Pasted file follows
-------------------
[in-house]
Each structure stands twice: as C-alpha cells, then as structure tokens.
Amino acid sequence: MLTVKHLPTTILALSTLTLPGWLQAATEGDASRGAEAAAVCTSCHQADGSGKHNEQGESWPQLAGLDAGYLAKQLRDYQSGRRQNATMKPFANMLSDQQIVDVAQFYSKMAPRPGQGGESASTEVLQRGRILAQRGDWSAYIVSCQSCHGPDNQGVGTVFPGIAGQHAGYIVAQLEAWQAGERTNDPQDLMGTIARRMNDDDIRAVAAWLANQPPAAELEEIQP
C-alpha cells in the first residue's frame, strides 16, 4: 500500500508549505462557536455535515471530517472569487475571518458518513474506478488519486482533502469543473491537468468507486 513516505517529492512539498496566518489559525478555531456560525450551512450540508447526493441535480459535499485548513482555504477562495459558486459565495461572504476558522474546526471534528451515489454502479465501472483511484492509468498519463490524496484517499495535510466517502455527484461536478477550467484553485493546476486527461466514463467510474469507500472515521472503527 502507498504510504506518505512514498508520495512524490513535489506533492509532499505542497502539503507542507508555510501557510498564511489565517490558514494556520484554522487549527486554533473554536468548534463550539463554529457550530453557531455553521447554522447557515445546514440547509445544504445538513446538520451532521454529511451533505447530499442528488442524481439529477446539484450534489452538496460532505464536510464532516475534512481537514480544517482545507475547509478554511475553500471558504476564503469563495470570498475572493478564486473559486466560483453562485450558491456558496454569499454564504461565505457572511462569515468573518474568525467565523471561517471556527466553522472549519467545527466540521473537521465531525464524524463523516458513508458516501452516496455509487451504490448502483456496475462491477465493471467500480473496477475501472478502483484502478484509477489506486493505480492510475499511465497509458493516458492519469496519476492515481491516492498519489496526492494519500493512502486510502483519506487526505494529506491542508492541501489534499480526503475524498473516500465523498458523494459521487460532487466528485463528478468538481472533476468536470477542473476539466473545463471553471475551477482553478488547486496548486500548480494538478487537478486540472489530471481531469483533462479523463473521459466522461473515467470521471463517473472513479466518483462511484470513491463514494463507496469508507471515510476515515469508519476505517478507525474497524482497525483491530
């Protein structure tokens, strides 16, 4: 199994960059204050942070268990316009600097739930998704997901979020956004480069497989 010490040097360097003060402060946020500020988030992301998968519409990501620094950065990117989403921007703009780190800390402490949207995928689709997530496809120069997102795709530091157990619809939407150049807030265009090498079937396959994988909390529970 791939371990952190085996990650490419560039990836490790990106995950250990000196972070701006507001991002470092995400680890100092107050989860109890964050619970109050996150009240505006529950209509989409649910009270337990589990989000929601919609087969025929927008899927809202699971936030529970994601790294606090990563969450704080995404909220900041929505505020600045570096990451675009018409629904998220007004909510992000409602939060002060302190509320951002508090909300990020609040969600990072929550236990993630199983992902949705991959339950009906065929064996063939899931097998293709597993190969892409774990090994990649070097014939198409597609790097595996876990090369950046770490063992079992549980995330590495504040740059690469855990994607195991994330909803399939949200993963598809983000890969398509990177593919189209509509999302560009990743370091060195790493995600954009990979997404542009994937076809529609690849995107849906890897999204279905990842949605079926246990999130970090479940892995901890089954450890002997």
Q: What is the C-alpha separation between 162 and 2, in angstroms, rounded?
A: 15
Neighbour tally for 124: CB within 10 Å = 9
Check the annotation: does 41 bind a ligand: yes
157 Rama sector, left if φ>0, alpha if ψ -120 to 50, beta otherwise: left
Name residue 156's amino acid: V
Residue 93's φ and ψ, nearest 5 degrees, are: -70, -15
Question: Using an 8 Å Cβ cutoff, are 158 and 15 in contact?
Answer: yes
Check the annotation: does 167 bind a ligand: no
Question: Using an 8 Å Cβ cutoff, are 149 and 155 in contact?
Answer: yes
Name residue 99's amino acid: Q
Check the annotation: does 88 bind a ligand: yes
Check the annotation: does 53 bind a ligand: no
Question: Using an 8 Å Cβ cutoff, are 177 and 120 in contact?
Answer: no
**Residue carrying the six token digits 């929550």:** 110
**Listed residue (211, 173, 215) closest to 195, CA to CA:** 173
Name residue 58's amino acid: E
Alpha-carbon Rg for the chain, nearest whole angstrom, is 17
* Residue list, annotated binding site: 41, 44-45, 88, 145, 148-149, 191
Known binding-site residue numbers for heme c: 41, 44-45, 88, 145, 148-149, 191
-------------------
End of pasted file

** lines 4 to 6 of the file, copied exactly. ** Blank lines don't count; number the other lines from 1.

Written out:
C-alpha cells in the first residue's frame, strides 16, 4: 500500500508549505462557536455535515471530517472569487475571518458518513474506478488519486482533502469543473491537468468507486 513516505517529492512539498496566518489559525478555531456560525450551512450540508447526493441535480459535499485548513482555504477562495459558486459565495461572504476558522474546526471534528451515489454502479465501472483511484492509468498519463490524496484517499495535510466517502455527484461536478477550467484553485493546476486527461466514463467510474469507500472515521472503527 502507498504510504506518505512514498508520495512524490513535489506533492509532499505542497502539503507542507508555510501557510498564511489565517490558514494556520484554522487549527486554533473554536468548534463550539463554529457550530453557531455553521447554522447557515445546514440547509445544504445538513446538520451532521454529511451533505447530499442528488442524481439529477446539484450534489452538496460532505464536510464532516475534512481537514480544517482545507475547509478554511475553500471558504476564503469563495470570498475572493478564486473559486466560483453562485450558491456558496454569499454564504461565505457572511462569515468573518474568525467565523471561517471556527466553522472549519467545527466540521473537521465531525464524524463523516458513508458516501452516496455509487451504490448502483456496475462491477465493471467500480473496477475501472478502483484502478484509477489506486493505480492510475499511465497509458493516458492519469496519476492515481491516492498519489496526492494519500493512502486510502483519506487526505494529506491542508492541501489534499480526503475524498473516500465523498458523494459521487460532487466528485463528478468538481472533476468536470477542473476539466473545463471553471475551477482553478488547486496548486500548480494538478487537478486540472489530471481531469483533462479523463473521459466522461473515467470521471463517473472513479466518483462511484470513491463514494463507496469508507471515510476515515469508519476505517478507525474497524482497525483491530
């Protein structure tokens, strides 16, 4: 199994960059204050942070268990316009600097739930998704997901979020956004480069497989 010490040097360097003060402060946020500020988030992301998968519409990501620094950065990117989403921007703009780190800390402490949207995928689709997530496809120069997102795709530091157990619809939407150049807030265009090498079937396959994988909390529970 791939371990952190085996990650490419560039990836490790990106995950250990000196972070701006507001991002470092995400680890100092107050989860109890964050619970109050996150009240505006529950209509989409649910009270337990589990989000929601919609087969025929927008899927809202699971936030529970994601790294606090990563969450704080995404909220900041929505505020600045570096990451675009018409629904998220007004909510992000409602939060002060302190509320951002508090909300990020609040969600990072929550236990993630199983992902949705991959339950009906065929064996063939899931097998293709597993190969892409774990090994990649070097014939198409597609790097595996876990090369950046770490063992079992549980995330590495504040740059690469855990994607195991994330909803399939949200993963598809983000890969398509990177593919189209509509999302560009990743370091060195790493995600954009990979997404542009994937076809529609690849995107849906890897999204279905990842949605079926246990999130970090479940892995901890089954450890002997």
Q: What is the C-alpha separation between 162 and 2, in angstroms, rounded?